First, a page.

Antibiotic Use in Distal Hypospadias Repair
|The safety and scientific validity of this study is the responsibility of the study sponsor and investigators. Listing a study does not mean it has been evaluated by the U.S. Federal Government. Read our disclaimer for details.|
|ClinicalTrials.gov Identifier: NCT03275519|
Recruitment Status : Completed
First Posted : September 7, 2017
Last Update Posted : September 7, 2017
Hypospadias is a common condition where the opening of the penis is not located at the tip, but along the underside of the penis. It is estimated to occur in 1/300 live male births, making it one of the most common birth defects. Degrees of hypospadias ranged from minor to severe depending on the location of the opening. Surgical repair is often required and involves placement of a catheter for the urine to drain with known urinary colonization found on prior retrospective studies. The current practice of using preventative antibiotics as long as the catheter is in place is conflicting with resent studies that show antibiotics may not be necessary to prevent urinary tract infections (UTIs).
The purpose of this study was to see how common symptomatic UTIs were after hypospadias repair surgery; and to see whether routine antibiotic use after surgery affected the rate of UTIs. Subjects were randomized to either receive antibiotics or no antibiotics after distal hypospadias repair. The research coordinator made follow-up phone calls with the family and the primary care provider (PCP) after stent removal, 30 days post surgery and after the 3 month post surgical visit.
|Condition or disease||Intervention/treatment||Phase|
|Hypospadias||Other: Randomization to not receive prophylactic antibiotics after surgery. Other: Randomization to receive prophylactic antibiotics after surgery||Not Applicable|
|Study Type :||Interventional (Clinical Trial)|
|Actual Enrollment :||48 participants|
|Intervention Model:||Parallel Assignment|
|Intervention Model Description:||Using the block randomization procedures, a subject was assigned to a study group by computer using the REDCap randomization module. Subjects were randomized to receive post operative antibiotics or to not receive any antibiotics postoperative.|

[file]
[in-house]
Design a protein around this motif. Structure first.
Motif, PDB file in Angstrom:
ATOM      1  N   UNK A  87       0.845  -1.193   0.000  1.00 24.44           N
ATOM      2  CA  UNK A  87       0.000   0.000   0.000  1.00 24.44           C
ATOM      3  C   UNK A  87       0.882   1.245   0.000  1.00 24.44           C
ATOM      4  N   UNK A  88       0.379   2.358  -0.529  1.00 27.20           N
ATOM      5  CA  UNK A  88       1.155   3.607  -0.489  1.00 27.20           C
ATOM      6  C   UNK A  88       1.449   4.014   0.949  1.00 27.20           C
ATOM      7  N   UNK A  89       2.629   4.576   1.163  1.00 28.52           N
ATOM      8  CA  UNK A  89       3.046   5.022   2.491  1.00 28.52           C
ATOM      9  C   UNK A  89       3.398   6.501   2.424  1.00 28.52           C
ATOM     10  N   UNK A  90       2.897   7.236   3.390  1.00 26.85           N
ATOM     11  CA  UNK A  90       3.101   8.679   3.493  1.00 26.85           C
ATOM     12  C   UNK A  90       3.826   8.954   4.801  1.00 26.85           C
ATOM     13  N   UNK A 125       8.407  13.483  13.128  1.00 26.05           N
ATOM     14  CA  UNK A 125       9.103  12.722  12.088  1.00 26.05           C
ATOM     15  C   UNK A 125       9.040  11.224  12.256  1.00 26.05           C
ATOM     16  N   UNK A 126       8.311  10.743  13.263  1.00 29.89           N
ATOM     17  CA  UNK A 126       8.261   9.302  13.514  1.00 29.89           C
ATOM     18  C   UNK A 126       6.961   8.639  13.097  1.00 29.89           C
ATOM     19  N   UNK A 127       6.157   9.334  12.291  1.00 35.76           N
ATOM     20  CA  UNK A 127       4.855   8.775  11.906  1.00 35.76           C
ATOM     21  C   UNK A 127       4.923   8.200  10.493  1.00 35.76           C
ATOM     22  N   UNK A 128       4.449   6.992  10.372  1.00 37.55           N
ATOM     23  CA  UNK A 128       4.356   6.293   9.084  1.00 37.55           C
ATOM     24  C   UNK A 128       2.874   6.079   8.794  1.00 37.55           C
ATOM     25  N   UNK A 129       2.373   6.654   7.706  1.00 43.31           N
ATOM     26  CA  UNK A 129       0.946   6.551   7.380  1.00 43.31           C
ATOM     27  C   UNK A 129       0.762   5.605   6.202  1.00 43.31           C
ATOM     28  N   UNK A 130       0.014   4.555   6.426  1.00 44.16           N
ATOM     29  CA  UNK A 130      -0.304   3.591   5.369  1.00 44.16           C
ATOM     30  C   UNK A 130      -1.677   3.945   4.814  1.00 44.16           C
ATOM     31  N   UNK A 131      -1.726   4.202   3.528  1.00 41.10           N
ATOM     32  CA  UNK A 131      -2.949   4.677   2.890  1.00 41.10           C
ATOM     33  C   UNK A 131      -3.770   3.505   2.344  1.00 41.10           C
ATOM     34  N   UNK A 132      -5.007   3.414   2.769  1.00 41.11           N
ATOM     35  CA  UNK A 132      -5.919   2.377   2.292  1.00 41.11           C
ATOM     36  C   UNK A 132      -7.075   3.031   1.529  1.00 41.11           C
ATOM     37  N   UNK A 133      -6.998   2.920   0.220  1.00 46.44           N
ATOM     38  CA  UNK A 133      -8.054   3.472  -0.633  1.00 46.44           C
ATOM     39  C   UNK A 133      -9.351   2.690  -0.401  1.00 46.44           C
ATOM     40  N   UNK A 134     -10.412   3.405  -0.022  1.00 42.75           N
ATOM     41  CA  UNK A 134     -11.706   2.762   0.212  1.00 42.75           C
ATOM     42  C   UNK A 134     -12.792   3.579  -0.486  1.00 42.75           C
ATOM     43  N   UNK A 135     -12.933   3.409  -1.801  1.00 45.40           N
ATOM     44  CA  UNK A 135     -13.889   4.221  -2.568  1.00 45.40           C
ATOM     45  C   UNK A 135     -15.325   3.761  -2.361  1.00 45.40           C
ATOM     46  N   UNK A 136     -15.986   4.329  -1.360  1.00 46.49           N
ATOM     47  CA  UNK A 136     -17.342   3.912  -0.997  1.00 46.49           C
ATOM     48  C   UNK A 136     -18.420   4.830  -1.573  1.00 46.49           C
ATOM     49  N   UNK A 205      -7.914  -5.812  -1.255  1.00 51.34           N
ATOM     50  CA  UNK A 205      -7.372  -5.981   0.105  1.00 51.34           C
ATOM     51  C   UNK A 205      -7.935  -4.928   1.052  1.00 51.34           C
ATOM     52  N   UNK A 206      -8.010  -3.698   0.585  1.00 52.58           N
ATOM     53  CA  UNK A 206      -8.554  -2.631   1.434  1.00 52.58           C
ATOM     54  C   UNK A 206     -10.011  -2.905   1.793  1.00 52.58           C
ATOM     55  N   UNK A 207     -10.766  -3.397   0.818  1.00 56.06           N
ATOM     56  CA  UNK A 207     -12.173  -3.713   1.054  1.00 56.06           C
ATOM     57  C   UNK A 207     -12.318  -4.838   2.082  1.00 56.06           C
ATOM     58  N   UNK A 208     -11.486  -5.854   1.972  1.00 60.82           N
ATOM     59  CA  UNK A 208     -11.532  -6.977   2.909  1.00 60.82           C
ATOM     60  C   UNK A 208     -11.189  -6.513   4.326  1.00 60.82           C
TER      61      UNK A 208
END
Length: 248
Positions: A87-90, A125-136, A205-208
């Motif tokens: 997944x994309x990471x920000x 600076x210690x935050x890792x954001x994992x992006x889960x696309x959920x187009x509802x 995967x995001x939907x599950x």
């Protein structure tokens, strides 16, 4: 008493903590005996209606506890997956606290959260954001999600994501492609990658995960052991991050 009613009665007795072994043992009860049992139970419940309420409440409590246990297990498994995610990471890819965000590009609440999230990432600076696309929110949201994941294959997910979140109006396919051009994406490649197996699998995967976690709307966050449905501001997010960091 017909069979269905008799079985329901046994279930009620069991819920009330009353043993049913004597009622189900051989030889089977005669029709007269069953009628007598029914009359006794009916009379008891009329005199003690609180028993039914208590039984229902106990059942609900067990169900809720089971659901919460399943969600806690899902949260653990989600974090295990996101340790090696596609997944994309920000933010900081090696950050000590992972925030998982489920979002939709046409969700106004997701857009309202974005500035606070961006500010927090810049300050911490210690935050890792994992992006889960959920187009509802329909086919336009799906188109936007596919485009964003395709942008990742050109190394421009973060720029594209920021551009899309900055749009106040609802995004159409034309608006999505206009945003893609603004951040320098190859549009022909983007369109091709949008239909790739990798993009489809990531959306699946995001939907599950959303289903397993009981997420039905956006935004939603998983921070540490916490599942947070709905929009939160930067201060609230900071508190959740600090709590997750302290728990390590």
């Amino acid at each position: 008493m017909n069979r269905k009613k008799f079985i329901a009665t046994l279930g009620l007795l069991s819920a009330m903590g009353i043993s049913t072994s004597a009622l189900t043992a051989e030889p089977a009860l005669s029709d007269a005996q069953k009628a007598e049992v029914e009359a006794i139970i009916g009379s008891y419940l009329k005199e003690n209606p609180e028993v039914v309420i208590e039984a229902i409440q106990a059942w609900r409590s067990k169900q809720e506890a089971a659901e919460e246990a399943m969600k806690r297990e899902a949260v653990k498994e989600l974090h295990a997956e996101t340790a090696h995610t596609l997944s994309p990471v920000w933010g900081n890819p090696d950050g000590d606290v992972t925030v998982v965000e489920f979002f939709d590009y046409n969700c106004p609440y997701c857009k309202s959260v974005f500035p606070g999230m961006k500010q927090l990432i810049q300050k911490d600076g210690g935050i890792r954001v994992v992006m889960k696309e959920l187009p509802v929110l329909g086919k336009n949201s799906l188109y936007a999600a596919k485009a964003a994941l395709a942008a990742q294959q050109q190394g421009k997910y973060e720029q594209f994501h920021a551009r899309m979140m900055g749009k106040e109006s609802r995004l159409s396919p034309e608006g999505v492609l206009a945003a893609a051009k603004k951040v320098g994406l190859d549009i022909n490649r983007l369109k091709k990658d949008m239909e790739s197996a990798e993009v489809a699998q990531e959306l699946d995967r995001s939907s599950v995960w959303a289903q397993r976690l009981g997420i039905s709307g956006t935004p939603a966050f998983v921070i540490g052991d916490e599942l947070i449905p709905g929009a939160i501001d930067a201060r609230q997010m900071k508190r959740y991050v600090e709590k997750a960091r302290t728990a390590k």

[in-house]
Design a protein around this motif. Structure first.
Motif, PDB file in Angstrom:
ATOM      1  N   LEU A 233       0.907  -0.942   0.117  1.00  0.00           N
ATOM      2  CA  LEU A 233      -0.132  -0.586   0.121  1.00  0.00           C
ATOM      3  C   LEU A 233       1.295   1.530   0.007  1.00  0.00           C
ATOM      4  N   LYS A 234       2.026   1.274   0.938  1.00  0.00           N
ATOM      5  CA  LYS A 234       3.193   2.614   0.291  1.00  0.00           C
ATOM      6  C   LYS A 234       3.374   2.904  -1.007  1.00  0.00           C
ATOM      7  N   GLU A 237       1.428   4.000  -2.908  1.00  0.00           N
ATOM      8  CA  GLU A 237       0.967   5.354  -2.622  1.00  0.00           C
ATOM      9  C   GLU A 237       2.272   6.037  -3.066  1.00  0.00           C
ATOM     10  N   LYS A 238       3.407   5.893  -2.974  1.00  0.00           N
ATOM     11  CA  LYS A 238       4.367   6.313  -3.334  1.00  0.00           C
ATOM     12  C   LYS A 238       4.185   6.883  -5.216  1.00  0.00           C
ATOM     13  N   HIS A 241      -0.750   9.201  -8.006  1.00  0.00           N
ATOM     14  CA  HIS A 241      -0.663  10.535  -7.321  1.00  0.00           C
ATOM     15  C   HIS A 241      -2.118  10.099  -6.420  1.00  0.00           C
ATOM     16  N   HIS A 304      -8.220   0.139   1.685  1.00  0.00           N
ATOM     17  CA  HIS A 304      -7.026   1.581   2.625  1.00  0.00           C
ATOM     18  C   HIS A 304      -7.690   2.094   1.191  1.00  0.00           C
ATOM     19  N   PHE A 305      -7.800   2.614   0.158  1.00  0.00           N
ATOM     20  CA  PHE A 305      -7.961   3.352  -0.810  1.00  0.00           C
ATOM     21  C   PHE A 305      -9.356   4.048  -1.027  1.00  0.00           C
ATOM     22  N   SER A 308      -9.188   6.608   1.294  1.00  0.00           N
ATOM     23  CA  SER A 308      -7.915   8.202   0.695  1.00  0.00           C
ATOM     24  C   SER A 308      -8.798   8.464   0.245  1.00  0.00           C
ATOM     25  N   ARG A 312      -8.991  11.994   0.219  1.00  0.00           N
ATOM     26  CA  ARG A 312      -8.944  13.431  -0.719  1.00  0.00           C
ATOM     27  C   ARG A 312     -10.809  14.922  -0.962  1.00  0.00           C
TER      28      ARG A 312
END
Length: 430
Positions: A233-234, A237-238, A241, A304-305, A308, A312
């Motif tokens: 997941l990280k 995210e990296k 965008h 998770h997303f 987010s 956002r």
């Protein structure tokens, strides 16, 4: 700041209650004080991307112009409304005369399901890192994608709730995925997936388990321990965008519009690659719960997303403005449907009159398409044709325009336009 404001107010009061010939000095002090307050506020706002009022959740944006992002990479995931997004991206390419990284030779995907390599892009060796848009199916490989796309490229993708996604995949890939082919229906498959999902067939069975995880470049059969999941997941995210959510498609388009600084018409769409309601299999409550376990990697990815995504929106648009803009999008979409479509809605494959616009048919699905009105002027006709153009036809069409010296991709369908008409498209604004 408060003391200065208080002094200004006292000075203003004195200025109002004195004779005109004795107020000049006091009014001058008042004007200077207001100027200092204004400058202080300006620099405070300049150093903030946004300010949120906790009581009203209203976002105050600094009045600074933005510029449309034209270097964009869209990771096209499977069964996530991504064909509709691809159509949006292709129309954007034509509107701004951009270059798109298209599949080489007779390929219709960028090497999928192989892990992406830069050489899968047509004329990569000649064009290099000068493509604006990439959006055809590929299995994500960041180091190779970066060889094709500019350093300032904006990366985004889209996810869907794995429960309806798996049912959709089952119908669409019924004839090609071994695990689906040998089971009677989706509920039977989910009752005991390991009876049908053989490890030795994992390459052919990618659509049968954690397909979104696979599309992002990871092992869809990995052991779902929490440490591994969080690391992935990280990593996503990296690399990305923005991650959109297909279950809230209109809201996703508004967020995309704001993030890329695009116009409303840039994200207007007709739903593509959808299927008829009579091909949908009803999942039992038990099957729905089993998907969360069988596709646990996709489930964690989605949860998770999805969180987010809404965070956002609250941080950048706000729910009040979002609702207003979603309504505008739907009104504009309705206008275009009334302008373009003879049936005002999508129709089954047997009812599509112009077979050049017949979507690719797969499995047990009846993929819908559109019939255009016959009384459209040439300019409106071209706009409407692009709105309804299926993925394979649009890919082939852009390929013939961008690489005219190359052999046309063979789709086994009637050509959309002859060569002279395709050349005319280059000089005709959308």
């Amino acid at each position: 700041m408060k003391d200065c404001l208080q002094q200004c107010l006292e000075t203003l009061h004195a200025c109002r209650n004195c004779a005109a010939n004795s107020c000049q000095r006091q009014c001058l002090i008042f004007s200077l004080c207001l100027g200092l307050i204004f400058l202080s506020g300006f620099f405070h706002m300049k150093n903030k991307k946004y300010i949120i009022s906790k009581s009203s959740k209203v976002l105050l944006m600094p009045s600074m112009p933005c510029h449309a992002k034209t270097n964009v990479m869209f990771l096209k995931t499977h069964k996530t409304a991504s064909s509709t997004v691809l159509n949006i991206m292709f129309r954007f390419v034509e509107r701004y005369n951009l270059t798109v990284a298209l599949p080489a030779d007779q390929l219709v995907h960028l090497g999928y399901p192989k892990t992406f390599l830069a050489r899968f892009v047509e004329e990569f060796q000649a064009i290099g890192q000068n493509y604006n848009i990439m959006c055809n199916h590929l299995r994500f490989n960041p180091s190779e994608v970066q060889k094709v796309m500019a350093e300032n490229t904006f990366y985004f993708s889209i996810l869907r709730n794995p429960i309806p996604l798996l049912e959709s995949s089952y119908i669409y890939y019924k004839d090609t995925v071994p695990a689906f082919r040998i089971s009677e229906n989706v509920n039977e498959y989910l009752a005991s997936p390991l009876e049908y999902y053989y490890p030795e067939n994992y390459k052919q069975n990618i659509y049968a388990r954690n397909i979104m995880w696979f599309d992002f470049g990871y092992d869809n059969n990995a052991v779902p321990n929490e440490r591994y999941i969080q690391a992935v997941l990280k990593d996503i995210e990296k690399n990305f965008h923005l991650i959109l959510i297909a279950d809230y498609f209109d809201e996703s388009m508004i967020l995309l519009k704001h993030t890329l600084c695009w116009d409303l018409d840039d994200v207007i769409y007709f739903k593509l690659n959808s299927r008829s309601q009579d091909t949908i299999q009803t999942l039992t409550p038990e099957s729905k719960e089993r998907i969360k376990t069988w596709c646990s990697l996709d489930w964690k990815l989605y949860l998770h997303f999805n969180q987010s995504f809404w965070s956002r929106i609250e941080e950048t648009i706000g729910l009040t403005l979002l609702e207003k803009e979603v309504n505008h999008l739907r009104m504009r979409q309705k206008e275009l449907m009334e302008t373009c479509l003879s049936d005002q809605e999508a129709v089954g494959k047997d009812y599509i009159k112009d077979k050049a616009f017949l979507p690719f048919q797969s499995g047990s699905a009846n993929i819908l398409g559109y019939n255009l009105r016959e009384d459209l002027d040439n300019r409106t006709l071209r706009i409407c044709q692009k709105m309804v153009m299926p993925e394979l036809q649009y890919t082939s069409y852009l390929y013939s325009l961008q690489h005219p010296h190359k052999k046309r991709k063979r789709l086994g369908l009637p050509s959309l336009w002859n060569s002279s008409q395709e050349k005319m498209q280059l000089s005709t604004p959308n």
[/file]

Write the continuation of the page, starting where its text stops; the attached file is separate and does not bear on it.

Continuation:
|Masking:||None (Open Label)|
|Official Title:||Randomized Trial of Antibiotic Prophylaxis for Prevention of Symptomatic UTI in Stented, Distal Hypospadias Repair|
|Actual Study Start Date :||January 19, 2015|
|Actual Primary Completion Date :||February 17, 2017|
|Actual Study Completion Date :||April 19, 2017|
Active Comparator: Antibiotics prophylaxis cohort
Subjects were prescribed prophylactic antibiotics after the hypospadias surgery.
Other: Randomization to receive prophylactic antibiotics after surgery
In general, the antibiotic given is a combination sulfamethoxazole/ trimethoprim oral suspension (2-3 mg trimethoprim/kg by mouth once a day); or if indicated, nitrofurantoin (1mg/kg by mouth once daily). All subjects did not receive intraoperative antibiotics.
Active Comparator: Antibiotic-sparing cohort
Subjects were not prescribed prophylactic antibiotics after the hypospadias surgery.
Other: Randomization to not receive prophylactic antibiotics after surgery.
No antibiotics were ordered after surgery.
- Prevalence of symptomatic UTI within 30 days post-surgery [ Time Frame: 30 days post surgery ]Assess the prevalence of symptomatic UTI in subjects receiving standard of care dispensation of prophylaxis versus subjects selected to an antibiotic-sparing cohort.
- Evaluation of surgical site infections (SSIs) and complications of hypospadias repair [ Time Frame: Approximately post surgery: 2 weeks (stent is in approximately 1 week and then 1 week after the stent is removed); 30 days; and 3 months ]Surgical site infections (SSIs) are measured using physical assessments at the stent removal visit. Complications of hypospadias repair (urethral fistula, meatal stenosis, dehiscence, and diverticulum) are measured using physical assessments at the stent removal visit and/or contact with the family or the PCP office 1 week after the stent removal; at the 30 day post operative time point; and at the 3 month follow-op visit.
To learn more about this study, you or your doctor may contact the study research staff using the contact information provided by the sponsor.
Please refer to this study by its ClinicalTrials.gov identifier (NCT number): NCT03275519
|United States, Arkansas|
|Arkansas Children's Hospital|
|Little Rock, Arkansas, United States, 72202|
|Principal Investigator:||Stephen Canon||Arkansas Children's Hospital, Pediatric Urology|